Charlottesville incident protests compels tech industry to boot hate groups from their services
Charlottesville incident protests: The tech community isn’t keeping quiet about last week’s violent Charlottesville incident protests, Virginia. After all, technology is ubiquitous. The products and services you and I use every day are the same ones hate groups use to organize and spread their messages. Prominent tech leaders are involved in government panels. The president issues statements from his mobile phone.
Here’s a roundup of corporate responses to the events that left and more than 30 injured, as well as President Donald Trump’s controversial response. Broadly, they constitute a call to end online content that celebrates racism, bigotry and hatred.
A few days following the Charlottesville incident protestst, several companies have bounced The Daily Stormer, a neo-Nazi website that the Southern Poverty Law Center has identified as the top hate site in the US, from their services.
GoDaddy, which originally provided domain services to the site, over the weekend gave The Daily Stormer 24 hours to move elsewhere. The Daily Stormer then tried to register with Google Domains, a similar service, but the search giant quickly canceled the registration.
Twitter accounts associated with The Daily Stormer have also been suspended.
While the company said it wouldn’t comment on individual accounts, the platform’s rules “prohibit violent threats, harassment, hateful conduct, and multiple account abuse, and [it] will take action on accounts violating those policies.”
Reddit has banned several far-right and neo-Nazi subreddits since Charlottesville, including one called Physical Removal.
“We are very clear in our site terms of service that posting content that incites violence will get users banned from Reddit. We have banned /r/Physical_Removal due to violations of the terms of our content policy,” a Reddit spokesperson said.
Ride-hailing service Uber said in a statement that it was “horrified” by the events in Charlottesville, adding “there is simply no place for this type of bigotry, discrimination, and hate.”
Uber said it would be vigilant in upholding its community guidelines, which prohibit discrimination of any kind, and would ban violators from using the app.
Facebook co-founder and CEO Mark Zuckerberg wrote a post on the social network responding to Charlottesville incident protests and underlining the site’s policy to take down any post that “promotes or celebrates hate crimes or acts of terrorism.”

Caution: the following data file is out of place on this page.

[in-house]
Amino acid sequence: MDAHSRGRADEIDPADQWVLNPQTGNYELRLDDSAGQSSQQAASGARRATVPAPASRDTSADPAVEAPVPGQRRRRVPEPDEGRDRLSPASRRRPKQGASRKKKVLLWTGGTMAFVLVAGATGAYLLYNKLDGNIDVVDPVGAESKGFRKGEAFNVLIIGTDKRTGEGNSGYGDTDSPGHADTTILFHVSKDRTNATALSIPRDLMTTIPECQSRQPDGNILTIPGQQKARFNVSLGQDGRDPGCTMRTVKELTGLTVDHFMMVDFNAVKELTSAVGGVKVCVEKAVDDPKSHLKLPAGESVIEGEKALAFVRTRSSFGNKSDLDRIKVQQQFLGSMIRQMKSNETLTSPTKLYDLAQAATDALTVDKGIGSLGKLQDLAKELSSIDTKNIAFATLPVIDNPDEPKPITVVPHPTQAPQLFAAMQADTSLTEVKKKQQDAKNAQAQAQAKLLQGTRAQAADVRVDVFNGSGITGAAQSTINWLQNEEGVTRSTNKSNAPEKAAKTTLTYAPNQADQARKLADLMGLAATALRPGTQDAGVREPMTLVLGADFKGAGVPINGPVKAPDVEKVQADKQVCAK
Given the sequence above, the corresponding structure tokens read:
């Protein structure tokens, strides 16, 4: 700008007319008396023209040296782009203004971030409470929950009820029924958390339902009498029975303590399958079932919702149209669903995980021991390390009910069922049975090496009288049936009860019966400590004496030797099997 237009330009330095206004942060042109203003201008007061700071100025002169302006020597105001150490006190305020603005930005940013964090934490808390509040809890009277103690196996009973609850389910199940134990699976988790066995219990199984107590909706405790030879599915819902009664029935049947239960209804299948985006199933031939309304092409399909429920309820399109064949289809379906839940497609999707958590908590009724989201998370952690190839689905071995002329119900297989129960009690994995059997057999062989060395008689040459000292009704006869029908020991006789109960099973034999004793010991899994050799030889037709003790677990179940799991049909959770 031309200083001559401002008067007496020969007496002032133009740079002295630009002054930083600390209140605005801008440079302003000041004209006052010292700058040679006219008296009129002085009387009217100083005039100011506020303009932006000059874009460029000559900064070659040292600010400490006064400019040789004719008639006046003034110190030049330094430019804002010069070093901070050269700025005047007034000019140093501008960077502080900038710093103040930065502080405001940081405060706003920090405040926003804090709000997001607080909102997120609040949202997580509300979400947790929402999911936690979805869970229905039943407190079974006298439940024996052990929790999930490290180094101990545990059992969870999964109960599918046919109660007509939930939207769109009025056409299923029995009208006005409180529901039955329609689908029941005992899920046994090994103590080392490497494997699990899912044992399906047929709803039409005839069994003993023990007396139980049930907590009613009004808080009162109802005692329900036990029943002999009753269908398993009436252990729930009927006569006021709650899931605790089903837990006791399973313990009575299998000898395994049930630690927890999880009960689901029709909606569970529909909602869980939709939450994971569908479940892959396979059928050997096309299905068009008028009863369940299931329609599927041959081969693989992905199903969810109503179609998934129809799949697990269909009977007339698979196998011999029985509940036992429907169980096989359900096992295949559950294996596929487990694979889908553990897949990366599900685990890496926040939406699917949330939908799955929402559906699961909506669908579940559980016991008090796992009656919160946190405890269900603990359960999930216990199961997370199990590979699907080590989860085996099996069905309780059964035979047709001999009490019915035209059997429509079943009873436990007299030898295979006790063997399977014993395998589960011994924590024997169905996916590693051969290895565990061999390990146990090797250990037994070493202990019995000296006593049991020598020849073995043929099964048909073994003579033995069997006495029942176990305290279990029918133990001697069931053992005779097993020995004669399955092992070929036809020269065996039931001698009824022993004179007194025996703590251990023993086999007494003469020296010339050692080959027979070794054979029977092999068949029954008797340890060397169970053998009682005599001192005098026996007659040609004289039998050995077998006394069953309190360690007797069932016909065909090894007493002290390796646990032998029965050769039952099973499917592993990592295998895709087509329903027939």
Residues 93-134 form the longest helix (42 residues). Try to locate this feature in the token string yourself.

We aren’t born hating each other. We aren’t born with such extreme views. We may not be able to solve every problem, but we all have a responsibility to do what we can. I believe we can do something about the parts of our culture that teach a person to hate someone else.
It’s important that Facebook is a place where people with different views can share their ideas. Debate is part of a healthy society. But when someone tries to silence others or attacks them based on who they are or what they believe, that hurts us all and is unacceptable.
There is no place for hate in our community. That’s why we’ve always taken down any post that promotes or celebrates hate crimes or acts of terrorism — including what happened in Charlottesville. With the potential for more rallies, we’re watching the situation closely and will take down threats of physical harm. We won’t always be perfect, but you have my commitment that we’ll keep working to make Facebook a place where everyone can feel safe.
The last few days have been hard to process. I know a lot of us have been asking where this hate comes from. As a Jew, it’s something I’ve wondered much of my life. It’s a disgrace that we still need to say that neo-Nazis and white supremacists are wrong — as if this is somehow not obvious. My thoughts are with the victims of hate around the world, and everyone who has the courage to stand up to it every day.
There may always be some evil in the world, and maybe we can’t do anything about that. But there’s too much polarization in our culture, and we can do something about that. There’s not enough balance, nuance, and depth in our public discourse, and I believe we can do something about that. We need to bring people closer together, and I know we can make progress at that.